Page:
A Day in the Life of a Pastor -I got a Question.



Each week, I try to think of a nugget that stood out from all the conversations, circumstances and actions that I encountered.  This one is an “oldie but goodie” – Ask Questions.

Here are a couple of phrases that I hear on occasion:

  • “I just got back from the doctor and he said…”
  • “This person is doing this and I am so frustrated…”
  • “My spouse and I are not on the same page and I am done…”
  • “What do you think…”

Through the course of a week, I am inundated with people, situations and actions that require a response from me.  (Some don’t and I have learned good boundaries.)  For those that do, I have learned the power of a good question.  For this reason, I usually don’t know the answer until I get more information.  

I received a call this week from someone who was going to call a friend who was diagnosed with a terrible condition.  It is life changing.  He wasn’t sure how to call him and bring the Lord into it.  I shared with him you can always bring the Lord into it but you won’t know what avenue until you ask some questions.  Are they mad? Afraid? Angry? Concerned for their family? Worried about the finances?  Wondering where is God in all of this?  Is He real?  How can you minister to someone when you don’t know where they are at mentally, emotionally, physically or even spiritually?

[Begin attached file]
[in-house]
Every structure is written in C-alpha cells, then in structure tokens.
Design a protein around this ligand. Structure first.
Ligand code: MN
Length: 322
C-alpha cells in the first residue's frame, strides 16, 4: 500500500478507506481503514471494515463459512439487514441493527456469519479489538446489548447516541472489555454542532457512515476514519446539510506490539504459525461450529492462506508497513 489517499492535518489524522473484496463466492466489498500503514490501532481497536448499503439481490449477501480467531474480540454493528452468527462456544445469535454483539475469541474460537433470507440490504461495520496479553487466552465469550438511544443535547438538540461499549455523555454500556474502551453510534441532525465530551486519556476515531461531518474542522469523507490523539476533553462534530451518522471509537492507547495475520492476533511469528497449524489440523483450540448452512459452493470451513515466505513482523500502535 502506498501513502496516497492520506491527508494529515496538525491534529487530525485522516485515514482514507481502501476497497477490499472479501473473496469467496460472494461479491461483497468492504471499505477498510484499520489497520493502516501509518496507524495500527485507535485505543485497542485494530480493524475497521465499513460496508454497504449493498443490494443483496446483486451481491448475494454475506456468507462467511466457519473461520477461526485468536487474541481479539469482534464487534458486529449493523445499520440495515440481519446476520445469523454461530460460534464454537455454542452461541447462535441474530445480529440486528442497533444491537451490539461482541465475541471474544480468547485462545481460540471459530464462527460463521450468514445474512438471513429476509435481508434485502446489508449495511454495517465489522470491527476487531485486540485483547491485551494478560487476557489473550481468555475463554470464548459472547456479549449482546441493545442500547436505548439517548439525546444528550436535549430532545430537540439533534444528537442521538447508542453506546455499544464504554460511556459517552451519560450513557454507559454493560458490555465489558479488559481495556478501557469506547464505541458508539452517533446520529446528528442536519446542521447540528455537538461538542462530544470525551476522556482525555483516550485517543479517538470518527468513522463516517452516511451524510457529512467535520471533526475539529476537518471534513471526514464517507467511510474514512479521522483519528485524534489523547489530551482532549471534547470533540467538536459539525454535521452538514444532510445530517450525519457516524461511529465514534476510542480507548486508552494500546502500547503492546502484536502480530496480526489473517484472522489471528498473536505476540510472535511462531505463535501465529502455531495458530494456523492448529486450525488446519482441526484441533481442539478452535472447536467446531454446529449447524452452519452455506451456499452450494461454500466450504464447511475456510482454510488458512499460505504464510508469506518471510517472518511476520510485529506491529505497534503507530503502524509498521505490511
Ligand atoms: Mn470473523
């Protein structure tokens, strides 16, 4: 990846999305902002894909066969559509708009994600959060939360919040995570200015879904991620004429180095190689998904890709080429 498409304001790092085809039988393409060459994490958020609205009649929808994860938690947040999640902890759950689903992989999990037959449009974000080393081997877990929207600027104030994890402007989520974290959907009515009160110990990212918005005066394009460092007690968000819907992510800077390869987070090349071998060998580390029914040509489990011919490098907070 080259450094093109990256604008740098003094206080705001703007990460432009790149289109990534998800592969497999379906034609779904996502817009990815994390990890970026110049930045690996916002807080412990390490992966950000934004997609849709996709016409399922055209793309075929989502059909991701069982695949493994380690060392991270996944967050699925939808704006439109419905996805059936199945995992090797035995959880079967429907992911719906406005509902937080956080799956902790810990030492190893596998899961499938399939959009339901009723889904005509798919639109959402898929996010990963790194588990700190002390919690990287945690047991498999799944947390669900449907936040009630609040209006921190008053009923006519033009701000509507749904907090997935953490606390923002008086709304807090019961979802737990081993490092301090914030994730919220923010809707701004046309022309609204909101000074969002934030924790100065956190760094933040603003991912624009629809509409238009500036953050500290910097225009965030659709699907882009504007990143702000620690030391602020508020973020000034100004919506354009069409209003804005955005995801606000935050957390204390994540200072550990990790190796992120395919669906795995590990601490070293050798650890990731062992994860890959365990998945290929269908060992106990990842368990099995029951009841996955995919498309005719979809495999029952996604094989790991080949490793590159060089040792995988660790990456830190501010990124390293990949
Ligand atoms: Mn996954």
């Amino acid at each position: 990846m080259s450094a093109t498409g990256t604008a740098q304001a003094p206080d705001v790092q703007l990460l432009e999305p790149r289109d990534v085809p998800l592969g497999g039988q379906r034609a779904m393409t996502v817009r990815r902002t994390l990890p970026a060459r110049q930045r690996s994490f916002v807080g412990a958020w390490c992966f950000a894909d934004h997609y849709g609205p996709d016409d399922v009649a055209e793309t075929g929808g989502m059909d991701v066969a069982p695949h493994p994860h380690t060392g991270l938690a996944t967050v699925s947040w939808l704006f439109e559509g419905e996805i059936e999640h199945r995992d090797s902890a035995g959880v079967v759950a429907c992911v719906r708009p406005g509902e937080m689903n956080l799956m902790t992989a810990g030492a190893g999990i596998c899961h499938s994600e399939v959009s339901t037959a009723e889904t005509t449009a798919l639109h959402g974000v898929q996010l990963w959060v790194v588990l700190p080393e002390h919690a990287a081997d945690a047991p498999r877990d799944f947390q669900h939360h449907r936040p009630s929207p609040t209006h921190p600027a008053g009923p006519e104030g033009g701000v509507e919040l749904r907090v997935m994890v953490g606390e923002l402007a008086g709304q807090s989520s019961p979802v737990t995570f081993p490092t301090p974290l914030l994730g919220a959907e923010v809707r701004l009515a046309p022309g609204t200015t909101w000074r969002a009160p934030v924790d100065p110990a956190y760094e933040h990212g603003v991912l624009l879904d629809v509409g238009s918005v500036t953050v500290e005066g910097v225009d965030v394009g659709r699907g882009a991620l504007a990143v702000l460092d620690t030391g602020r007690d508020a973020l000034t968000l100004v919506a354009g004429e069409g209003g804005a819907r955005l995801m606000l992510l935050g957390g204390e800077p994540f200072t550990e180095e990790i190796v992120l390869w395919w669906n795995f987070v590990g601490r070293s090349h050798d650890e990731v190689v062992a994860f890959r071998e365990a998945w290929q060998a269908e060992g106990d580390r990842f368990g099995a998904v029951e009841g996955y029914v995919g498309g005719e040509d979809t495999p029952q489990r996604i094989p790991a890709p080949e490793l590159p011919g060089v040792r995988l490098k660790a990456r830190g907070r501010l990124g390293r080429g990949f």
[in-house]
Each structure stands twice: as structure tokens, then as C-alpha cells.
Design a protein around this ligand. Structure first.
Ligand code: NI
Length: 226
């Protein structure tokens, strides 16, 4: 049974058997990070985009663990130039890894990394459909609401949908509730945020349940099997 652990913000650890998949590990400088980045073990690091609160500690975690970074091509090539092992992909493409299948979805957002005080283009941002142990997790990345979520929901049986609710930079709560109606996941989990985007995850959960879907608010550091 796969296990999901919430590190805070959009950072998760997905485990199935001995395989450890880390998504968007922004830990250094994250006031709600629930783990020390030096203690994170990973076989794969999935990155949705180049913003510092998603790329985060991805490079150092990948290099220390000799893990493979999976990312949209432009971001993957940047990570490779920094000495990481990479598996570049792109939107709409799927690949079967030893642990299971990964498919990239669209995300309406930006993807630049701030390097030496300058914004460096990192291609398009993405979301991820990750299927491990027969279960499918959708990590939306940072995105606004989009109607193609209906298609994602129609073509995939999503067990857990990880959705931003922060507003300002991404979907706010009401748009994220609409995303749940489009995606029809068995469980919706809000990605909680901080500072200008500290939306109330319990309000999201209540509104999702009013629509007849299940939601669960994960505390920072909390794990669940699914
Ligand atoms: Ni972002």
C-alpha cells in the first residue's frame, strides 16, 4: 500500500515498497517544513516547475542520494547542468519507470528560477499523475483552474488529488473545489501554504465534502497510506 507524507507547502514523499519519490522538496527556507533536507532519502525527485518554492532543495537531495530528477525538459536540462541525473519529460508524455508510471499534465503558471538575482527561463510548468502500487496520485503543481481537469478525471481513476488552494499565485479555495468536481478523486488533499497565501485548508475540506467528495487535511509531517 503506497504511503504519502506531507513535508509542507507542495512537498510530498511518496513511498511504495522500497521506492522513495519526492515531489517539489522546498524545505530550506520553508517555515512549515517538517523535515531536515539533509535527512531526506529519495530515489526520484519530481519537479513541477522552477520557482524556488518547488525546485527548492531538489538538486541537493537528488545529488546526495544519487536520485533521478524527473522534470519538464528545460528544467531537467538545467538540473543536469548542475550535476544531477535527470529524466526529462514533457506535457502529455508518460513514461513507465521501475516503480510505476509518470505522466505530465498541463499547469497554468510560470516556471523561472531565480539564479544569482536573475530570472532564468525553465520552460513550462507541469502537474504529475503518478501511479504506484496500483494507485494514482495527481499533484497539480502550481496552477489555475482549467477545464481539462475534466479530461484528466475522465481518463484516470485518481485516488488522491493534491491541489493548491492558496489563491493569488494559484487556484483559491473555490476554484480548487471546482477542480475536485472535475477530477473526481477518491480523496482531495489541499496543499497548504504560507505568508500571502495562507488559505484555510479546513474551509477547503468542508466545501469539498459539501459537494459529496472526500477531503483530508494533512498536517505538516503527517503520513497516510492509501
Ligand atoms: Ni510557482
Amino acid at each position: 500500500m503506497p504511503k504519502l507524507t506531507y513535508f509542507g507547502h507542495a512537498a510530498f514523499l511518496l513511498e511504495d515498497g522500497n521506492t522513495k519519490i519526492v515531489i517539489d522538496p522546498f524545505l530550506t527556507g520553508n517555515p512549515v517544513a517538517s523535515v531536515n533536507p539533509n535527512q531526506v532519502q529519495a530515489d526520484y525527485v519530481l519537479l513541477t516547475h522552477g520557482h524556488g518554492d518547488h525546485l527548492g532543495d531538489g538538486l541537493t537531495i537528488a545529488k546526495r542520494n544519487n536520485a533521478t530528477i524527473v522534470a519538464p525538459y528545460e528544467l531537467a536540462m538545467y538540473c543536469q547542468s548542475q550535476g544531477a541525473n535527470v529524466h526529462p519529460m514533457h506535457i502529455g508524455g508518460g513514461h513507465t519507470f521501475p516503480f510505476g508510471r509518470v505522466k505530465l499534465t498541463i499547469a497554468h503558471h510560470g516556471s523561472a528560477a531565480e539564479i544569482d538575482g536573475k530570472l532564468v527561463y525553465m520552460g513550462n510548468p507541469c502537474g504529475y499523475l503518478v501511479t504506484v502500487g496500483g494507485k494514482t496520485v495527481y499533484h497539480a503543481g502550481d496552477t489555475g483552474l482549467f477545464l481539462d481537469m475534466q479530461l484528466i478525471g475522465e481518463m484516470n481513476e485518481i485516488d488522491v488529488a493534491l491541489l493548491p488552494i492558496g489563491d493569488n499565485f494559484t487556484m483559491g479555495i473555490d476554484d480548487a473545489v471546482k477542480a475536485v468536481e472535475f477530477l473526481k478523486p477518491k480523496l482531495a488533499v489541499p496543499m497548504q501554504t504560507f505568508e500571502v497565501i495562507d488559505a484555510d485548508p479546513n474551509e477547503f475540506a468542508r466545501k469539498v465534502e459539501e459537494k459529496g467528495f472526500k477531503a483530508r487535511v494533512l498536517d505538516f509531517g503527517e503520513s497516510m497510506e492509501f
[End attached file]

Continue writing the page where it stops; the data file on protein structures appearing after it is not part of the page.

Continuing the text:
The principle of asking questions works pretty much in all situations we encounter.  I recognize that some are straight forward.  Yet, in dealing with people, the more you can ask questions, you are giving them the opportunity to unveil more of what they think.  It can be personal, an attitude they have, situations they have encountered in the past, their rationale…it opens the door for you to understand them a little more.  I have seen it work in counseling, business, leadership, relationship building and even learning someone’s story.

What stops people from asking questions?  Here is a shocker…we think we know the answer already.  Sometimes this is true.  However, I have found that by asking at least a couple of questions, I have a better understanding of the situation or person.  Usually, he will feel that they have been heard.  I will usually soften my tendency to be critical.  If I think I “got it,” then I am missing the opportunity to add these benefits to my involvement.

Here’s a question for you…What is going to stop you from doing this today?





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